Listening to the markets (plus no more zero bound)

No one likes to be contradicted.  But I must admit that the markets are increasingly pointing to the likelihood that I’ve been too pessimistic about both the prospects for growth, and the likelihood that ultra-low interest rates would persist for longer than most people assumed.  What do they see that I don’t?

We know that the recent spike in US 10 year bond yields occurred after the strong jobs report this morning.     But the upside surprise seemed rather modest, and the headline unemployment rate (which figures into the Evans Rule) stayed at 7.6%.  Also note that the recent move toward easier (or less tight) policy in Japan, Britain and the eurozone would tend to raise global growth, putting upward pressure on global real yields.

One possibility is that the jobs data is somehow flawed.  In my post this morning there was a story about a dealership in Denver that couldn’t find sales people.  I tend to discount those anecdotal stories, preferring aggregate data.  But there is always the possibility that lots of people who are on disability/UI/food stamps, etc., are actually working in the underground economy.  Some economists claim the retail sales data are too strong relative to the official unemployment data.  On the other hand, that explanation would create an even bigger mystery, why has RGDP lagged the jobs data?  I suppose the argument would be that RGDP is also understating actual growth, as lots of goods and services are not being measured by the government.

Note that changes in the underground economy tend to occur fairly gradually over time, so if this is an issue (and I still have my doubts), it’s a far bigger problem for monetary policy regimes like the Taylor Rule, which depend on accurate measures of the output gap, than a policy like NGDPLT, which doesn’t require any estimate of the output gap.

Also note that nominal hourly wage growth was also quite strong in June (suggesting a tightening labor market), but on the other hand that’s only one month.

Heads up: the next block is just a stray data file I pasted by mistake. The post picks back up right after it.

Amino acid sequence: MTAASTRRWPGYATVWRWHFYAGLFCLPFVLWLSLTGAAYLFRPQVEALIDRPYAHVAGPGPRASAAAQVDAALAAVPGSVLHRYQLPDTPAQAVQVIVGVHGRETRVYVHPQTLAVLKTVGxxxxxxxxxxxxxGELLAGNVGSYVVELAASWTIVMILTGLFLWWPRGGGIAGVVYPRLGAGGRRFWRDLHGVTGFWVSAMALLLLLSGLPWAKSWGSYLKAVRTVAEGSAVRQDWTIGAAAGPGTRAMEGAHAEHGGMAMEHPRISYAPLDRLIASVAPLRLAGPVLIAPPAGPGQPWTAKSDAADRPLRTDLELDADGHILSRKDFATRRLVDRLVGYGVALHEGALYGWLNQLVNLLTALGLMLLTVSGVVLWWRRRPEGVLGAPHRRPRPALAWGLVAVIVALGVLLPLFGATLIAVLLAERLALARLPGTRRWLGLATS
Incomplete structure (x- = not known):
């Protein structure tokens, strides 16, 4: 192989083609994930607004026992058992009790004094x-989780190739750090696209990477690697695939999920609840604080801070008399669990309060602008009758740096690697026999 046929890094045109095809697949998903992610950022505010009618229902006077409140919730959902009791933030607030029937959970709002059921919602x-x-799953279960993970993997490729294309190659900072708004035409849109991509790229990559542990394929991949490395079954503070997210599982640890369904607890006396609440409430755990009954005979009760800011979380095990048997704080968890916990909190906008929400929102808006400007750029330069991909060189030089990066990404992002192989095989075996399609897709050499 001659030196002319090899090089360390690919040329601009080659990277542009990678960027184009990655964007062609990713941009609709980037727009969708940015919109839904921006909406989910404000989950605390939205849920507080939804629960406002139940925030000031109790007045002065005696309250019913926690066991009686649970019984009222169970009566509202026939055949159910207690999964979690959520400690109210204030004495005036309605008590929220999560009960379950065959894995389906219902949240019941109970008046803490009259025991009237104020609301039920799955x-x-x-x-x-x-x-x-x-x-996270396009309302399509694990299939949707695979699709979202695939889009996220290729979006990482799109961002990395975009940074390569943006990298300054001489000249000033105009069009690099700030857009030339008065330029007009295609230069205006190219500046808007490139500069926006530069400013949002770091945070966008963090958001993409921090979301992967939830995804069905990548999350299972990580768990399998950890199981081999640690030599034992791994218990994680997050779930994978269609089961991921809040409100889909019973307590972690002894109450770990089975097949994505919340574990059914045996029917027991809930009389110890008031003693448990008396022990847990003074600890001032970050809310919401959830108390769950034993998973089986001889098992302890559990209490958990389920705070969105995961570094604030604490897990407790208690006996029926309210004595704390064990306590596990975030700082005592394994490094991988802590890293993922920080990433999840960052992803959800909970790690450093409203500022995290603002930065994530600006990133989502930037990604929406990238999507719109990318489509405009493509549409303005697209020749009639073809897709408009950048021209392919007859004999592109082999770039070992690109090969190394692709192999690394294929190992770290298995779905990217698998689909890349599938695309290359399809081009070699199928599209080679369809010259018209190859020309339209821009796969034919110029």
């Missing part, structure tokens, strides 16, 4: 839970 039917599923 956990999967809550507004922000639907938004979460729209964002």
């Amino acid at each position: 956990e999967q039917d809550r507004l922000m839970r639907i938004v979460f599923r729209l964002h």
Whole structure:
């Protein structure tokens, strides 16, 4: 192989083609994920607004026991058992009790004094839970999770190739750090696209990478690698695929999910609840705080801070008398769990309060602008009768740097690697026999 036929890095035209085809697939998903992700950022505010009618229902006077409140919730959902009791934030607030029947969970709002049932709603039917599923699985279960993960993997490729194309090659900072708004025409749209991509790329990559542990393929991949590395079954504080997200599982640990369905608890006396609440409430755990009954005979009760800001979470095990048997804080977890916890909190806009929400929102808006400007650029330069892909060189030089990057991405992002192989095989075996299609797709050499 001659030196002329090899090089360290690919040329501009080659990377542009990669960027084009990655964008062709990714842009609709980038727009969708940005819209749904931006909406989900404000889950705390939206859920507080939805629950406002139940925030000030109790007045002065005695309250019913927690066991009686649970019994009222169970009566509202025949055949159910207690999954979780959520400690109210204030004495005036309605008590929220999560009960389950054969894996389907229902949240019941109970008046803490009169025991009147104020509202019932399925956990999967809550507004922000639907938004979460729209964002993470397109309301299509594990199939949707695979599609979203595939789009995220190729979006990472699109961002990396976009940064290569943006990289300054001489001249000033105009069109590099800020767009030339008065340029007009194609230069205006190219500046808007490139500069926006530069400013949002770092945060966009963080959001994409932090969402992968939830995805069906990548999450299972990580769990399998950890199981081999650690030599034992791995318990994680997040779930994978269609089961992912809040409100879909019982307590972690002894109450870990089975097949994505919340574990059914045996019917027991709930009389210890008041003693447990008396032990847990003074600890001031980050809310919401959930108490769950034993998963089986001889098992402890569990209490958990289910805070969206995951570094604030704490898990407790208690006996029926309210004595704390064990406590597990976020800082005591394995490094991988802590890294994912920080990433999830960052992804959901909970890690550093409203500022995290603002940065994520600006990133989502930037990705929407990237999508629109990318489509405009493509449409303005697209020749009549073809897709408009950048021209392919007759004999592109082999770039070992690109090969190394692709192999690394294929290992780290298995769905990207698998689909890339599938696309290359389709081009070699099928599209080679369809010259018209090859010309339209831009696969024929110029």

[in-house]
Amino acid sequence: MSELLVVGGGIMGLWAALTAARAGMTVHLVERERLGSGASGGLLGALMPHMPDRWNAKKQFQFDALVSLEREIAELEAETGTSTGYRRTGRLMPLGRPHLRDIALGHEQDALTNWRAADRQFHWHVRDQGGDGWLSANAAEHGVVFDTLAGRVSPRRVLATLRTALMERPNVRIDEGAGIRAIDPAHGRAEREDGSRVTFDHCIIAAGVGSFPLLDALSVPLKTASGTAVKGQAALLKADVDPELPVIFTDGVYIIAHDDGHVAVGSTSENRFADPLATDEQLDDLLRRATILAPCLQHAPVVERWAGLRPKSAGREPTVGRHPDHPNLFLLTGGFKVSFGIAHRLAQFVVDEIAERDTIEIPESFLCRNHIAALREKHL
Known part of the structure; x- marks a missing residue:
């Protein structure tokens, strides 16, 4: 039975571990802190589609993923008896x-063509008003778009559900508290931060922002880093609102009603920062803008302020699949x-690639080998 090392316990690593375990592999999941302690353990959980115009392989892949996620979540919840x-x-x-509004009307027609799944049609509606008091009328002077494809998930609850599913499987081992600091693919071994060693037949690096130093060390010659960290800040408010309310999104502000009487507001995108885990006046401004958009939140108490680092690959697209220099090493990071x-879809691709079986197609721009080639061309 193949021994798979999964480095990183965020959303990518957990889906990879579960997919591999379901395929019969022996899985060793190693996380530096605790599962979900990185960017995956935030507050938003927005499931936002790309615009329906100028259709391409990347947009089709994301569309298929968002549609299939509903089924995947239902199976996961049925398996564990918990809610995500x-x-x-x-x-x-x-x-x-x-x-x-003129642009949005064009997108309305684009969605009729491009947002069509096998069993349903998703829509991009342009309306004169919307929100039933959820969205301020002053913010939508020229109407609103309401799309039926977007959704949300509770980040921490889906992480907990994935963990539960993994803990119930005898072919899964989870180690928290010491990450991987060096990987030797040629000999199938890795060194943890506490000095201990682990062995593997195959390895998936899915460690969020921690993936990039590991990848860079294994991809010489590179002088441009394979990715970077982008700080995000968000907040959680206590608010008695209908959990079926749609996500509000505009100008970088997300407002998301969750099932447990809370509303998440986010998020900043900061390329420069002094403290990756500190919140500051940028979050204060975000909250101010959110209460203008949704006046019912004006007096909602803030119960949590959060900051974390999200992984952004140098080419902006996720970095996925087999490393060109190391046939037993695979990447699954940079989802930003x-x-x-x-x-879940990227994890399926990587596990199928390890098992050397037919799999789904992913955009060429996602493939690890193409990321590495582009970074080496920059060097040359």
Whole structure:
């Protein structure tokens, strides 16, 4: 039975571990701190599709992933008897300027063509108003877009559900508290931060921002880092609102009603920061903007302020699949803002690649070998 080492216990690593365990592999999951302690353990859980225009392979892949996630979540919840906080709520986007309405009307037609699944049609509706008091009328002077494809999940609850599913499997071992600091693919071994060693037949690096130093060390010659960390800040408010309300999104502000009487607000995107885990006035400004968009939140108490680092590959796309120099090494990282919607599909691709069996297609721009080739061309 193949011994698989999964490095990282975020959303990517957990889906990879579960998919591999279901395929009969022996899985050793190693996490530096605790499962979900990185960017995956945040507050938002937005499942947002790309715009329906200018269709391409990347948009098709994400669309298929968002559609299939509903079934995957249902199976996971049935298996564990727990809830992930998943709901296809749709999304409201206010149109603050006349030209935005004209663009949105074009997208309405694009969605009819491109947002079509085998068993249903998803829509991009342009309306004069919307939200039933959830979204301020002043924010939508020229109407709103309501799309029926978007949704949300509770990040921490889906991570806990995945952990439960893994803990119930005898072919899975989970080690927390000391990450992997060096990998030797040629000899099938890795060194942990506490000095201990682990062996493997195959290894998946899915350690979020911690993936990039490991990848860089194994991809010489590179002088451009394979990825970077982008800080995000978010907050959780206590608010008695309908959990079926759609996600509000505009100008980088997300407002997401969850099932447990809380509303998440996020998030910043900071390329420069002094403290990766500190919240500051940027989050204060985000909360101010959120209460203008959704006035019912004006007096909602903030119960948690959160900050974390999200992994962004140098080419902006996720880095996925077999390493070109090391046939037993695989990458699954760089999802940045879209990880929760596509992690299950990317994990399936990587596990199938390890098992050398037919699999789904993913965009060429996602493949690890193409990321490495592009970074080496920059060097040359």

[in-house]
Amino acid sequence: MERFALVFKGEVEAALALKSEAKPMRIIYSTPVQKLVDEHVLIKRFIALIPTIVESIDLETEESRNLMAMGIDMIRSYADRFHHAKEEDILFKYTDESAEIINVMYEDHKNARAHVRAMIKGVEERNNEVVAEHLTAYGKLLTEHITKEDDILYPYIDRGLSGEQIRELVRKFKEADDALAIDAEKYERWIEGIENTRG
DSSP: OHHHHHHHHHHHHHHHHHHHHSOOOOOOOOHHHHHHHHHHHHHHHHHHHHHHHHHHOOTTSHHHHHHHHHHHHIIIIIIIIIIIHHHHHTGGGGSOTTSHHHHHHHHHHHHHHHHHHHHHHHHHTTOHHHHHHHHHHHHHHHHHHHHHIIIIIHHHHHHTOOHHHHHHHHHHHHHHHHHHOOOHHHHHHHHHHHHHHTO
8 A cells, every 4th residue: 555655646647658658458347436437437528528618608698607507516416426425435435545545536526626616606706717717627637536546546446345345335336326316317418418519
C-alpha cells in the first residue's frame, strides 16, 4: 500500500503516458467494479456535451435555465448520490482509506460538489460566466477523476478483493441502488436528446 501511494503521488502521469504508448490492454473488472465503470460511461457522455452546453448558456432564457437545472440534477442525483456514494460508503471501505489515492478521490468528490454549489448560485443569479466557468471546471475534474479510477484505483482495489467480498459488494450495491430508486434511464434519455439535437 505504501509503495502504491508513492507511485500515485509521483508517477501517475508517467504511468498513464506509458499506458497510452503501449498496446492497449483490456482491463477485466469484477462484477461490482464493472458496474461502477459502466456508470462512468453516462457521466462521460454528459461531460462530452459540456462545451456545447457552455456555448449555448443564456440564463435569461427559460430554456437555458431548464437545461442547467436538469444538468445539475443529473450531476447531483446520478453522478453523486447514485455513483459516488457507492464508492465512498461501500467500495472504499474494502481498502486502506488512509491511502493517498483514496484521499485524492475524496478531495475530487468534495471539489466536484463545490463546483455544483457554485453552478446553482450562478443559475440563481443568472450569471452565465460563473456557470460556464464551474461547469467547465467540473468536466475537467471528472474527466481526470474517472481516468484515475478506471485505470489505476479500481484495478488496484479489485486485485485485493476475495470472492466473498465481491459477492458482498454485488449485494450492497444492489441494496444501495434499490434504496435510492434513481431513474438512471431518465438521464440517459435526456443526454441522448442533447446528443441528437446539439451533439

EMH fans like myself can’t get too depressed about being wrong in market forecasts, as we are ALWAYS WRONG when any asset price changes significantly in a short period of time.  That’s because in most asset markets the current price is quite close to the expected future price 6 or 12 months forward.  All big changes are unexpected.  I get a little more uneasy, however, when I can’t quite see the reason for the change, even after it has occurred.  I’d guess that in a few years this will all become clear.

My best guess is that two things have happened in recent months:

1.  Growth is stronger than the markets (or I) expected.

2.  The Fed will respond to any given level of growth with more aggressive “tapering” than expected.

That one-two punch seems to have driven 5 and 10 year bond yields much higher than I expected.

I use the term “tapering” because I don’t mean to suggest than monetary policy will gradually become more contractionary, indeed I expect just the opposite.  But it will look more contractionary to most people.

Also note that the idea we are in a liquidity trap, which never made any sense to me, has now become completely laughable by any standard.  If 5 and 10 year bond yields recently rose by 100 basis points, then there’s clearly that much room for the “liquidity effect” to reduce them again.  If people keep talking about a liquidity trap, then you should just laugh in their face.  (Not really; one should always be polite—but at least chuckle to yourself.)

PS.  Just to be clear, I’m not claiming that the Fed could definitely cut 10 year bond yields by 100 basis points, I don’t know that.  What I do know is that if they failed it would obviously be because of the income and inflation effects, which of course means there’d be no liquidity trap.  So let’s PLEASE stop talking about the “zero bound.”

PS.  Mark Sadowski really needs to get his own blog.  Here’s an excerpt from a great comment:

Assuming the major model type estimates are correct, then in the absence of the tax increase and the sequestration 2.144 million jobs would have been created which is over 50% more than in any other two quarter period this recovery and over double what was created in the previous two quarters. It would also have been the most jobs created in any two quarter period since the 2.251 million created in 1984Q1/1984Q2.

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